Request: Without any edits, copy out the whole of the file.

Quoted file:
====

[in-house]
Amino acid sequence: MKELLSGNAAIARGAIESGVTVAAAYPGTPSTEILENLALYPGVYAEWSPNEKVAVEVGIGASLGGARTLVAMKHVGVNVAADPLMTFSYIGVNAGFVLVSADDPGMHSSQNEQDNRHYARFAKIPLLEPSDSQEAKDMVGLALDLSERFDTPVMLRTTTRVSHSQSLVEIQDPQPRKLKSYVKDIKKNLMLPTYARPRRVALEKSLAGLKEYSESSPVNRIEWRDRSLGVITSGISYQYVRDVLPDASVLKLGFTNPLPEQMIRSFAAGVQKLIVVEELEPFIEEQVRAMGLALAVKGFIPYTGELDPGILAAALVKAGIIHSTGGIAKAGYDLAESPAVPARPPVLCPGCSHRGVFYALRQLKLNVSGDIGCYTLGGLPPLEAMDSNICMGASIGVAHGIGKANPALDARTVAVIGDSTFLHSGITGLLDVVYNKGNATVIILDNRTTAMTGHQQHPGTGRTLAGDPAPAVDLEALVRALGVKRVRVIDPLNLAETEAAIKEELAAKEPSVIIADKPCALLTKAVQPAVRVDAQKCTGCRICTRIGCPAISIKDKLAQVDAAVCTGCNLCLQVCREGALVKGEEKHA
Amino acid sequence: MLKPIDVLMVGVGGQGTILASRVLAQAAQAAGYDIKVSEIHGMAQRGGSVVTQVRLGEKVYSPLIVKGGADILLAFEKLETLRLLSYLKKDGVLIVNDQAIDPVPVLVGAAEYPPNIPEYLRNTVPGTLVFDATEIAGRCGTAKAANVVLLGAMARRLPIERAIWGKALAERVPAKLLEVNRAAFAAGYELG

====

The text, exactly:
[in-house]
Amino acid sequence: MKELLSGNAAIARGAIESGVTVAAAYPGTPSTEILENLALYPGVYAEWSPNEKVAVEVGIGASLGGARTLVAMKHVGVNVAADPLMTFSYIGVNAGFVLVSADDPGMHSSQNEQDNRHYARFAKIPLLEPSDSQEAKDMVGLALDLSERFDTPVMLRTTTRVSHSQSLVEIQDPQPRKLKSYVKDIKKNLMLPTYARPRRVALEKSLAGLKEYSESSPVNRIEWRDRSLGVITSGISYQYVRDVLPDASVLKLGFTNPLPEQMIRSFAAGVQKLIVVEELEPFIEEQVRAMGLALAVKGFIPYTGELDPGILAAALVKAGIIHSTGGIAKAGYDLAESPAVPARPPVLCPGCSHRGVFYALRQLKLNVSGDIGCYTLGGLPPLEAMDSNICMGASIGVAHGIGKANPALDARTVAVIGDSTFLHSGITGLLDVVYNKGNATVIILDNRTTAMTGHQQHPGTGRTLAGDPAPAVDLEALVRALGVKRVRVIDPLNLAETEAAIKEELAAKEPSVIIADKPCALLTKAVQPAVRVDAQKCTGCRICTRIGCPAISIKDKLAQVDAAVCTGCNLCLQVCREGALVKGEEKHA
Amino acid sequence: MLKPIDVLMVGVGGQGTILASRVLAQAAQAAGYDIKVSEIHGMAQRGGSVVTQVRLGEKVYSPLIVKGGADILLAFEKLETLRLLSYLKKDGVLIVNDQAIDPVPVLVGAAEYPPNIPEYLRNTVPGTLVFDATEIAGRCGTAKAANVVLLGAMARRLPIERAIWGKALAERVPAKLLEVNRAAFAAGYELG